If Donald Trump disappeared in the polls tomorrow, he will have rendered a tremendous service by exposing Marco Rubio’s duplicity on illegal immigration. Rubio was elected to the Senate in part on the strength of his criticism of “immigration reform,” code for politicians’ betrayal of their sworn duty to protect American citizens against a de facto invasion. His post-2012 flip-flop and collaboration with Chuck Schumer and John McCain on illegal alien amnesty wounded Republicans deeply. This was part of a transparent, humiliating attempt to convince Hispanics that Republicans aren’t the racists that liberals have been calling them for years. Republicans’ desire for “amnesty” from the racism charge, paid for by schilling for all or part of the destructive liberal agenda, has been liberals’ play all along. It’s brilliant political strategy. At worst, the amnesty ploy fails amidst great outcry and it legitimizes the slander.
At the heart of Rubio’s pander is a disqualifying lack of conviction—an obsequious caving to nebulous public support, as opposed to the returns of creativity and personal risk of true leadership, which creates its own public support. The more Trump keeps illegal immigration in the spotlight, the worse Rubio looks. He opposes “repealing” birthright citizenship, as if it’s settled law, as if it’s explicit in the Constitution. We’re talking about asserting control over whom we confer citizenship, fixing the current ridiculous interpretation that illegal aliens create jurisdiction for U. S. citizenship based on their illegal entry. The argument for why the children of illegal immigrants should not be automatically conferred citizenship by virtue of being born inside the United States is sound. The author of the citizenship clause, Sen. Jacob Howard, wrote:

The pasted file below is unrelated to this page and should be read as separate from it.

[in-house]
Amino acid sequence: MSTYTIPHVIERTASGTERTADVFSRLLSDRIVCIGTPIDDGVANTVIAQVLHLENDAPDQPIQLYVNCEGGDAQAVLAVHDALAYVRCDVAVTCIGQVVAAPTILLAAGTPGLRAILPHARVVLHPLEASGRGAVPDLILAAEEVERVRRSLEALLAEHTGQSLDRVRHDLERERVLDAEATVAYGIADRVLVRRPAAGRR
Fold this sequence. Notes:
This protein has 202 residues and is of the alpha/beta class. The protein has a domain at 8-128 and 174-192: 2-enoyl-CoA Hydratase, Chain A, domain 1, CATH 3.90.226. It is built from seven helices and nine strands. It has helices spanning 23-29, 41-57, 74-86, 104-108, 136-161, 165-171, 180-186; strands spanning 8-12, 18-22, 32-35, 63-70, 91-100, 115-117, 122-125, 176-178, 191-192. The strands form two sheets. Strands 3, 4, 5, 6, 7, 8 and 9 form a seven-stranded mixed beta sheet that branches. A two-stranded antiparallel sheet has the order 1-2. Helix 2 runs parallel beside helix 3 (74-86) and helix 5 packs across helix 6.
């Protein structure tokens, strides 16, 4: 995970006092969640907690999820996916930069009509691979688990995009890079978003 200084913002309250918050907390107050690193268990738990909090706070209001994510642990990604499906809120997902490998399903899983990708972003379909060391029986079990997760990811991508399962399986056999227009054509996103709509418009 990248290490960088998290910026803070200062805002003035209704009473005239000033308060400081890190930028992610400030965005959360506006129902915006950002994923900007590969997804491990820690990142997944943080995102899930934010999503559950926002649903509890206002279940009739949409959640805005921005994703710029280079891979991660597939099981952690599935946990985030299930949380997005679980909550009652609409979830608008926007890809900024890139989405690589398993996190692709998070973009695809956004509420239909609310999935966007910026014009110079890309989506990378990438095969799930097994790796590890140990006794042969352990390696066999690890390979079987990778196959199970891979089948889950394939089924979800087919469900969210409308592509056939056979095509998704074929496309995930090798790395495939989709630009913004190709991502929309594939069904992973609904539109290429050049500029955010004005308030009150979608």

Every person born within the limits of the United States, and subject to their jurisdiction, is by virtue of natural law and national law a citizen of the United States. This will not, of course, include persons born in the United States who are foreigners, aliens, who belong to the families of ambassadors or foreign ministers accredited to the Government of the United States, but will include every other class of persons.
Thus does Cal State political science professor Edward J. Erler, in his written testimony before Congress conclude:
Congress is fully competent, under the fourteenth amendment, to pass legislation defining those who are “subject to the jurisdiction” of the United States. It does not require a constitutional amendment to withhold citizenship from children born in the United States of illegal alien parents. Their parents are not “subject to the jurisdiction” of the United States and they seek citizenship for their children without the consent of the nation. It defies logic to insist that an illegal act on the part of parents can confer the boon of citizenship upon their children.
That describes Rubio’s logic and his habitual, defeatist maneuvering at the expense of conviction.